Since hydroxychloroquine suppresses the autophagy response, the researchers questioned whether it also could protect fetuses against Zika.

To find out, they repeated the mouse experiment using only mice with a normal autophagy response. Female mice at day nine of pregnancy were infected with Zika and then dosed with hydroxychloroquine or placebo every day for the next five days.

Following treatment, the researchers found significantly less virus in the fetuses and placentas from the mice that had received hydroxychloroquine. In addition, these placentas showed less damage and the fetuses regained normal growth. Both the untreated and the treated mothers had about the same amount of Zika virus in their bloodstreams, indicating that hydroxychloroquine was able to protect fetuses even when the virus was circulating through the mother.

Although hydroxychloroquine has been used safely in pregnant women for short periods of time, the researchers caution that further studies are needed before it can be used in pregnant women to fend off Zika. Pregnant women living in areas where Zika circulates may need to take the drug for the duration of their pregnancies, and the safety of hydroxychloroquine for long-term use is unknown.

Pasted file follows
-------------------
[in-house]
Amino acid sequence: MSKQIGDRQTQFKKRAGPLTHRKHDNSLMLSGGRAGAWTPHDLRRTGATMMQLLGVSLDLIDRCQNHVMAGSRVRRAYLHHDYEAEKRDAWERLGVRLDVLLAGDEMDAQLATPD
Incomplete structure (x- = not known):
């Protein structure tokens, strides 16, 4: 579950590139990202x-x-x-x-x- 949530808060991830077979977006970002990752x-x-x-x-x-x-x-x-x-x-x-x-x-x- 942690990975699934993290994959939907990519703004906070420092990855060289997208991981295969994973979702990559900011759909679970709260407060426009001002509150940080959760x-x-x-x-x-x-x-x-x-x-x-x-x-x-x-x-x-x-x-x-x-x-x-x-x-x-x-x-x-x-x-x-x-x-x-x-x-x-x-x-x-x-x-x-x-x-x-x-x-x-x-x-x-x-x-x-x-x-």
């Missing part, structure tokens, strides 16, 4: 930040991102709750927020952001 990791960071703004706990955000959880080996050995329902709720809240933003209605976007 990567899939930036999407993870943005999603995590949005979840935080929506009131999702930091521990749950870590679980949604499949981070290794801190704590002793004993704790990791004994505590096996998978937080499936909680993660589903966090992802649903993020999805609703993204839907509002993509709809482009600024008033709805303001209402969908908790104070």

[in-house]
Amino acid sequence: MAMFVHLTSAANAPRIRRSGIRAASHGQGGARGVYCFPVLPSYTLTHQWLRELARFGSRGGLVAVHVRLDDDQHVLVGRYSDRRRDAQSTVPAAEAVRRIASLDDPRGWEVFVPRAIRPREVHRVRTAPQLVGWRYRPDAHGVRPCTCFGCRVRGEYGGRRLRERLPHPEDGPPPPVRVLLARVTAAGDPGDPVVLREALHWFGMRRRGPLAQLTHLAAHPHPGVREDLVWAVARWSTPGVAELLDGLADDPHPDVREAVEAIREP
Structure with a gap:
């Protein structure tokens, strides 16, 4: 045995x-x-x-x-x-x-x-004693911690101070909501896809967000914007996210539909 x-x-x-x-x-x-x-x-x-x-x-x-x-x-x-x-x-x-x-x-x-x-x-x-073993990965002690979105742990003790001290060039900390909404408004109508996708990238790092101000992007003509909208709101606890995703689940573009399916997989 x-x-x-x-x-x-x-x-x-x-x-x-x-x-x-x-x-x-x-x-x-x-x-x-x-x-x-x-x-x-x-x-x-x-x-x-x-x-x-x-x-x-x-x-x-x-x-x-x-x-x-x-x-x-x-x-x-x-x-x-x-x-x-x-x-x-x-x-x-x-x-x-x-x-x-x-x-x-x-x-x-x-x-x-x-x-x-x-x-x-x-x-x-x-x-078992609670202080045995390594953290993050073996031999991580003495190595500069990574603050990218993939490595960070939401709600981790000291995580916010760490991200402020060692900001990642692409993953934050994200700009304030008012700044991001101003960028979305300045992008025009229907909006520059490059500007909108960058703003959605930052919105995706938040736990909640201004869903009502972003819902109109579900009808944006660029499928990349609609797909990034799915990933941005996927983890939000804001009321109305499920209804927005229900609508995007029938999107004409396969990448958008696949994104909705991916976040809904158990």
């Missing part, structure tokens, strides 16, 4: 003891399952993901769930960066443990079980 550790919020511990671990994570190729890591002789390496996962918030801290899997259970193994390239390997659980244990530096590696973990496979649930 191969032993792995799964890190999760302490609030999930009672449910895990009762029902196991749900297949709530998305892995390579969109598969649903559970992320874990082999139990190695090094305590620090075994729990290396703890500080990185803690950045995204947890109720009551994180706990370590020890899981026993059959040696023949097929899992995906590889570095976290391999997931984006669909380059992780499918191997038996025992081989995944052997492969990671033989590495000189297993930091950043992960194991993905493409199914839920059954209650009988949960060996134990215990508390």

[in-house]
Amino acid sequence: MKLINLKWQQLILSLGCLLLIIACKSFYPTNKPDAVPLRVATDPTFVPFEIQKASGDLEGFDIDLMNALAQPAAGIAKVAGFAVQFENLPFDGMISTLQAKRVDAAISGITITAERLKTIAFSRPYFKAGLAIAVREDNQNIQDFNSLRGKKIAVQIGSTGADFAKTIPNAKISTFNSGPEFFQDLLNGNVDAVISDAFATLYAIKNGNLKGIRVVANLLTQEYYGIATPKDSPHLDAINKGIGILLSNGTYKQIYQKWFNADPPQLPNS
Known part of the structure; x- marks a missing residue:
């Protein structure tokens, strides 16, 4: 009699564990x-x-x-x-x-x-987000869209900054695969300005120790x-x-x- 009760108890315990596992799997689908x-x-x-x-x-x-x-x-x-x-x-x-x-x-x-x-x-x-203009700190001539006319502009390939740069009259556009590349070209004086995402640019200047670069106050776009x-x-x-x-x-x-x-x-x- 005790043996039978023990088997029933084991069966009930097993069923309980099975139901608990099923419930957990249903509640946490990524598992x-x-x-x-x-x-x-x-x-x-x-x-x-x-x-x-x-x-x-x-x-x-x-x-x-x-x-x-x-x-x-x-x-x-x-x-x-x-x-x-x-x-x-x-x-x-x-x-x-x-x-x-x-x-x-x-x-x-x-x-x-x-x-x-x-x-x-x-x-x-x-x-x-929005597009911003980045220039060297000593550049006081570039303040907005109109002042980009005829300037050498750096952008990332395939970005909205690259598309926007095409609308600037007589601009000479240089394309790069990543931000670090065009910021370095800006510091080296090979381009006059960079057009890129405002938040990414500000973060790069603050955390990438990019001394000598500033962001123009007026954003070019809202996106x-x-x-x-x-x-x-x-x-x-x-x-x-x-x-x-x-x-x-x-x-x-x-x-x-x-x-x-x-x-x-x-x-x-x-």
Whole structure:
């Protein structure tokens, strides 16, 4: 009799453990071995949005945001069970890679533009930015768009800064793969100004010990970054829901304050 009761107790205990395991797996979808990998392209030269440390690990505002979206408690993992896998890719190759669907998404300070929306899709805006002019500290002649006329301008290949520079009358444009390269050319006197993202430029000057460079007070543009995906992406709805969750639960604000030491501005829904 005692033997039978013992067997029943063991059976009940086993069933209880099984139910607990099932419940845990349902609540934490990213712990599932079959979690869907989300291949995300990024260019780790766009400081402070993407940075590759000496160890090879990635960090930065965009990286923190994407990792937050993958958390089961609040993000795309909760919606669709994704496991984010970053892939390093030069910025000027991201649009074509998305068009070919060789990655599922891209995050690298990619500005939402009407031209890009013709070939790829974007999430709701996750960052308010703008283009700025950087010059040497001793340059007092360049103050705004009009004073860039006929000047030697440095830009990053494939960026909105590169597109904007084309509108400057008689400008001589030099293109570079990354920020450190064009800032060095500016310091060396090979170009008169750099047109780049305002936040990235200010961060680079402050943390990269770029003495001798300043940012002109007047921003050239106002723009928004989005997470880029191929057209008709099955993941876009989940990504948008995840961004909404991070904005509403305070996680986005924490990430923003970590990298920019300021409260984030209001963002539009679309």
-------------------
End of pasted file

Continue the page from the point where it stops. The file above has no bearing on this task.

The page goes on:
“We would urge caution but nevertheless feel our study provides new avenues for feasible therapeutic interventions,” said Mysorekar, who is also co-director of the university’s Center for Reproductive Health Sciences. “Our study suggests that an autophagy-based therapeutic intervention against Zika may be warranted in pregnant women infected with Zika virus.”

The Women’s OB/GYN Medical Group strives to better the lives of all women with a holistic approach to women’s health. Call for an appointment today: (707) 579-1102. Visit our website: www.womensobgynmed.com


Story Source:

Materials provided by Washington University School of Medicine. Original written by Tamara Bhandari. Note: Content may be edited for style and length.


Journal Reference:

  1. Indira Mysorekar et al. Inhibition of autophagy limits vertical transmission of Zika virus in pregnant mice. The Journal of Experimental Medicine, July 2017 DOI: 10.1084/jem.20170957